Benefits: Improved performance, complete native support and compatibility with each device. Ideal where performance (such as gaming) or platform-specific nuances are important. Full native user interface, for a more intuitive experience. Exposure to users of the app stores.

Native app

So which type do I need (and when)?

The most prolific native apps have a web-app as a fallback - think of the ones you use most - logging in to the (Facebook/Twitter/YouTube/etc) websites using your smartphone’s browser still provides a reasonable experience.

If that fall-back is a PWA, then it will currently support important features, including some native functionality for Windows 10 and Android devices, with iOS expected in the near future.

This fall-back means that if (for example) an app isn’t available for Blackberry users, they’re not excluded, and more importantly, it provides an ‘access anywhere’ solution where users aren’t tied to using a device that has the app installed, (or being forced to temporarily download the app) just to quickly check something while borrowing someone else’s device.

So strategically, starting with a PWA before going native, makes a lot of sense as it allows you to:

  • Provide the widest support for your customer base, with forward/backward compatibility
  • Work out foibles before staking your reputation in the app stores
  • Understand user behaviour to justify investment in native features and/or versions
  • Reduce the effort and risk involved in meeting your original deadline
  • Remove much of the friction in the user journey to access your app
  • Provide an ‘access anywhere’ platform, instead of siloed apps¡
  • Target users of the PWA with adverts for the native version (if you build one)

Because of this, PWAs are receiving praise from leading brands, with many case studies reporting double-digit increases in conversion rates, a trend likely to grow with future iOS support.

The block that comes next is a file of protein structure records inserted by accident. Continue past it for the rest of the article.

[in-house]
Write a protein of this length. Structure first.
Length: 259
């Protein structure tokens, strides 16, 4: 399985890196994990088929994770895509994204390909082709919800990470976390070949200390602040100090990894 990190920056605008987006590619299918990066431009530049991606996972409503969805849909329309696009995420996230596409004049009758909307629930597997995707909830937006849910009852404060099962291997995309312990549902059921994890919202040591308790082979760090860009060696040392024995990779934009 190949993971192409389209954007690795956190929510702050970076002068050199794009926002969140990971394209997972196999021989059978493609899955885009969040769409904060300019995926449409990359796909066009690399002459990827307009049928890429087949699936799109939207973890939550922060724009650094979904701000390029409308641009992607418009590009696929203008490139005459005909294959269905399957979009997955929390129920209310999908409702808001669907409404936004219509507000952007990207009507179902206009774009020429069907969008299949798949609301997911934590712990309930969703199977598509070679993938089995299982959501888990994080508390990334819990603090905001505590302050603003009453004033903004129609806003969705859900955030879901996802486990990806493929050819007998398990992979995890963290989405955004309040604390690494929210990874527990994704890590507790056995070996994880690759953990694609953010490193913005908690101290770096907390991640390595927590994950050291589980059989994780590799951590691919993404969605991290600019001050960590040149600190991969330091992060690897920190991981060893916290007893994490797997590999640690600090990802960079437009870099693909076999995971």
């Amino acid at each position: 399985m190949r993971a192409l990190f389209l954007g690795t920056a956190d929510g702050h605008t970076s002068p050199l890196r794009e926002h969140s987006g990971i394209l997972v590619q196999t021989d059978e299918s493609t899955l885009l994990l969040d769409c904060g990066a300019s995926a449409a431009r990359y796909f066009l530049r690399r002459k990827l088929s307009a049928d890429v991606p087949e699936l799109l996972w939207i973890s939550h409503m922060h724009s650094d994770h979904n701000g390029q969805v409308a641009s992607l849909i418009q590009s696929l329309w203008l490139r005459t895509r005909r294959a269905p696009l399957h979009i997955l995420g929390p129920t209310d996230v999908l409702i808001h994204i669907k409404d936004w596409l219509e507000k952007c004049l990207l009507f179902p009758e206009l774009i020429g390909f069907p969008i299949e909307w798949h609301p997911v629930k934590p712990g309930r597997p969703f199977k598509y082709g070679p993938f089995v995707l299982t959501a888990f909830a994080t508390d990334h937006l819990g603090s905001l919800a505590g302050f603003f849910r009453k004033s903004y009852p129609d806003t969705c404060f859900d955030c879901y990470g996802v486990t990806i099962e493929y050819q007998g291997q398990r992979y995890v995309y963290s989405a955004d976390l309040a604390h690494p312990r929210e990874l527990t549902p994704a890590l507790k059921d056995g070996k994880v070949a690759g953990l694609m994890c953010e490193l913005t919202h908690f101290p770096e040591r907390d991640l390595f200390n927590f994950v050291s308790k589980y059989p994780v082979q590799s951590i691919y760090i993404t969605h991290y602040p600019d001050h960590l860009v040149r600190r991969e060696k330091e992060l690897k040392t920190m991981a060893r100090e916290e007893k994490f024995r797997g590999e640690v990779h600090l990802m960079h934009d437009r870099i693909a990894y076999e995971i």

2015 Statistics for the US show use of mobiles split between apps at 90% versus just 10% for web browsing (however extensive use of social media, entertainment and gaming skews this by 66%). There are also limitations to PWAs compared to true native apps, however the gap between them in terms of usability and capability is decreasing, and with it, the viability of native apps.

For some, ‘native’ may be an inevitability, although for most of you reading this, a PWA-first strategy will help you justify any business case for ‘native’, while putting users first from the outset.


Avoiding the pitfalls


  • Talk to developers - write a detailed brief, and ask if your budget and deadline are realistic
  • Talk to your stakeholders - use developer feedback to manage their expectations
  • Talk to your customers - survey them to find out what they want from the app
  • Test thoroughly - then soft-launch to a small group of actual users, and keep refining




  • Underestimate the ongoing investment required - instead keep your stakeholders properly informed
  • Overestimate the value of app store placement - instead consider the friction in this user journey
  • Let your deadline jeopardise success - instead use an MVP to build on what’s most important
  • Assume you will get everything right in version 1.0 - that’s why apps have a version!


Get in touch

See our previous article "you need an app. now what?".

At Upbeat we are always happy to discuss any project. Get in touch